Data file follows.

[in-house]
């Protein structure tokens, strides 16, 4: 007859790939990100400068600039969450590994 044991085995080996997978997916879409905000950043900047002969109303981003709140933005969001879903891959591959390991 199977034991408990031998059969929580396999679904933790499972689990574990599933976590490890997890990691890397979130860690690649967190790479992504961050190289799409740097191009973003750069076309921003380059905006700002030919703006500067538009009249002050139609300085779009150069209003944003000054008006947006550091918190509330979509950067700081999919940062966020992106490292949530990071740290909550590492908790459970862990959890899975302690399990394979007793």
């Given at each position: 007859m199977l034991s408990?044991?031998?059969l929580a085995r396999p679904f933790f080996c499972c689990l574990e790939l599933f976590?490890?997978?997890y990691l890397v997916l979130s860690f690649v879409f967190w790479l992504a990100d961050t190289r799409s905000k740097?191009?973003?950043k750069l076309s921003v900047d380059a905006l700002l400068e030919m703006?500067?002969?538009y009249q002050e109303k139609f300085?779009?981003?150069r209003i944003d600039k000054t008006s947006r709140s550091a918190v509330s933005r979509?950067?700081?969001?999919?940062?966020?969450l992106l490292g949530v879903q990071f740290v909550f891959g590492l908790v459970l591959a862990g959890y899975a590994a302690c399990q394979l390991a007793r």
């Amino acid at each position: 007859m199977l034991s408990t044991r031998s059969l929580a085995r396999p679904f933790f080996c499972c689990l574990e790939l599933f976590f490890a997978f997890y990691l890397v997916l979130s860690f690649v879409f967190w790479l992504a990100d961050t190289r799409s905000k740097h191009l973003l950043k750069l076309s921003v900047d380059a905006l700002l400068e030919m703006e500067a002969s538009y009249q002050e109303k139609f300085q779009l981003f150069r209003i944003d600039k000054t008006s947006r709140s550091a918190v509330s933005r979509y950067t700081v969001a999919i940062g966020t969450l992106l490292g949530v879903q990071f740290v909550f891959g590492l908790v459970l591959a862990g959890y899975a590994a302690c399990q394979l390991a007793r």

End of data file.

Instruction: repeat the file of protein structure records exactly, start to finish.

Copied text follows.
[in-house]
């Protein structure tokens, strides 16, 4: 007859790939990100400068600039969450590994 044991085995080996997978997916879409905000950043900047002969109303981003709140933005969001879903891959591959390991 199977034991408990031998059969929580396999679904933790499972689990574990599933976590490890997890990691890397979130860690690649967190790479992504961050190289799409740097191009973003750069076309921003380059905006700002030919703006500067538009009249002050139609300085779009150069209003944003000054008006947006550091918190509330979509950067700081999919940062966020992106490292949530990071740290909550590492908790459970862990959890899975302690399990394979007793």
């Given at each position: 007859m199977l034991s408990?044991?031998?059969l929580a085995r396999p679904f933790f080996c499972c689990l574990e790939l599933f976590?490890?997978?997890y990691l890397v997916l979130s860690f690649v879409f967190w790479l992504a990100d961050t190289r799409s905000k740097?191009?973003?950043k750069l076309s921003v900047d380059a905006l700002l400068e030919m703006?500067?002969?538009y009249q002050e109303k139609f300085?779009?981003?150069r209003i944003d600039k000054t008006s947006r709140s550091a918190v509330s933005r979509?950067?700081?969001?999919?940062?966020?969450l992106l490292g949530v879903q990071f740290v909550f891959g590492l908790v459970l591959a862990g959890y899975a590994a302690c399990q394979l390991a007793r």
């Amino acid at each position: 007859m199977l034991s408990t044991r031998s059969l929580a085995r396999p679904f933790f080996c499972c689990l574990e790939l599933f976590f490890a997978f997890y990691l890397v997916l979130s860690f690649v879409f967190w790479l992504a990100d961050t190289r799409s905000k740097h191009l973003l950043k750069l076309s921003v900047d380059a905006l700002l400068e030919m703006e500067a002969s538009y009249q002050e109303k139609f300085q779009l981003f150069r209003i944003d600039k000054t008006s947006r709140s550091a918190v509330s933005r979509y950067t700081v969001a999919i940062g966020t969450l992106l490292g949530v879903q990071f740290v909550f891959g590492l908790v459970l591959a862990g959890y899975a590994a302690c399990q394979l390991a007793r």